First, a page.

Japan has been trying to increase its birth rate for years, hoping that a youthful boost could offset an otherwise rapidly aging population. It's not working.
The country's health ministry announced Tuesday that the number of babies born in 2019 fell by an estimated 5.9% this year, to 864,000. It's the first time since 1899, when the government began tracking the data, that the number has dipped below 900,000, according to The Asahi Shimbun.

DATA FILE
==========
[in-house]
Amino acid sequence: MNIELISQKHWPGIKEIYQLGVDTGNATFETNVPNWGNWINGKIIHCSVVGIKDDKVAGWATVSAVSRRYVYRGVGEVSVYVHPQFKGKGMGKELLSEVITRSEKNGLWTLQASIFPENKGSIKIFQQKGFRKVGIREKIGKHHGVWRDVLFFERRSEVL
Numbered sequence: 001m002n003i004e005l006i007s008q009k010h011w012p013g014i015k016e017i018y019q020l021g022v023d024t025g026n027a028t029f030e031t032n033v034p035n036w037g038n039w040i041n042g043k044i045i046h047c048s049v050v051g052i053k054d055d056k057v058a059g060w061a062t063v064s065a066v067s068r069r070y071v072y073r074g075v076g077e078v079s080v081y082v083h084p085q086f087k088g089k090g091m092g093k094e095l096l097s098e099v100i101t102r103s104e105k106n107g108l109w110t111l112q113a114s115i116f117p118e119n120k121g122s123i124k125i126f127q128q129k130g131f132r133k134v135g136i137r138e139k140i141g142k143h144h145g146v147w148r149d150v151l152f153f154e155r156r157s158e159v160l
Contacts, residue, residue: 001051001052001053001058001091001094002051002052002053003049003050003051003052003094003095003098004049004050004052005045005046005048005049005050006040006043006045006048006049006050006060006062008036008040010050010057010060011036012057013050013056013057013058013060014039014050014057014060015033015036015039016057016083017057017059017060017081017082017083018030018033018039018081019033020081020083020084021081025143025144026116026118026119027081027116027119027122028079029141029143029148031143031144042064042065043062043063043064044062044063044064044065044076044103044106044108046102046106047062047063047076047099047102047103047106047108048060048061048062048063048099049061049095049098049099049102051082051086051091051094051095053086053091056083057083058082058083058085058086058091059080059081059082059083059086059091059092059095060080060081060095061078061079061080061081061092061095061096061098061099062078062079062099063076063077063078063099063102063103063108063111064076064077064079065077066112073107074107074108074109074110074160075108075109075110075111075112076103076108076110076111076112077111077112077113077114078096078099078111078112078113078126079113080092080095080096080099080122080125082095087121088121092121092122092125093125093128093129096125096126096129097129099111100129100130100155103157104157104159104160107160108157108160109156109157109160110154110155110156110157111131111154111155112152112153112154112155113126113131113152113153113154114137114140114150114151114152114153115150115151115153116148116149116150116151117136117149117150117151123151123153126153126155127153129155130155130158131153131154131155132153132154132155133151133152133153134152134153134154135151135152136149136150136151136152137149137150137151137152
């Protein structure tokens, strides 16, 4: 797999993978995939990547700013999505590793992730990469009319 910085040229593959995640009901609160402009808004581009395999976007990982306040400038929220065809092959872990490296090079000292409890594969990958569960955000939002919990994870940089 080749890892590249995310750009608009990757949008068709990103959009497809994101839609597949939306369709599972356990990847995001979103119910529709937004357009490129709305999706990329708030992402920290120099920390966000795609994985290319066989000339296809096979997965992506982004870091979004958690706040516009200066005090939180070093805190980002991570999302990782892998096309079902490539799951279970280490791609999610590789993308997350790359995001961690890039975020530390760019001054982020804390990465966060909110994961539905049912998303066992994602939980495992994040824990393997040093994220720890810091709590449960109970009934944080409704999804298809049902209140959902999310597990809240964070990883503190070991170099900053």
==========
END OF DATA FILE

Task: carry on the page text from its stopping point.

The decline in the absolute number of births is especially stark given that Japan's population in 1899 was about one-third of its approximately 126 million people today.
What accounts for the steep drop in births? The health ministry points to the declining numbers of people of reproductive age, as the offspring of baby boomers get older.
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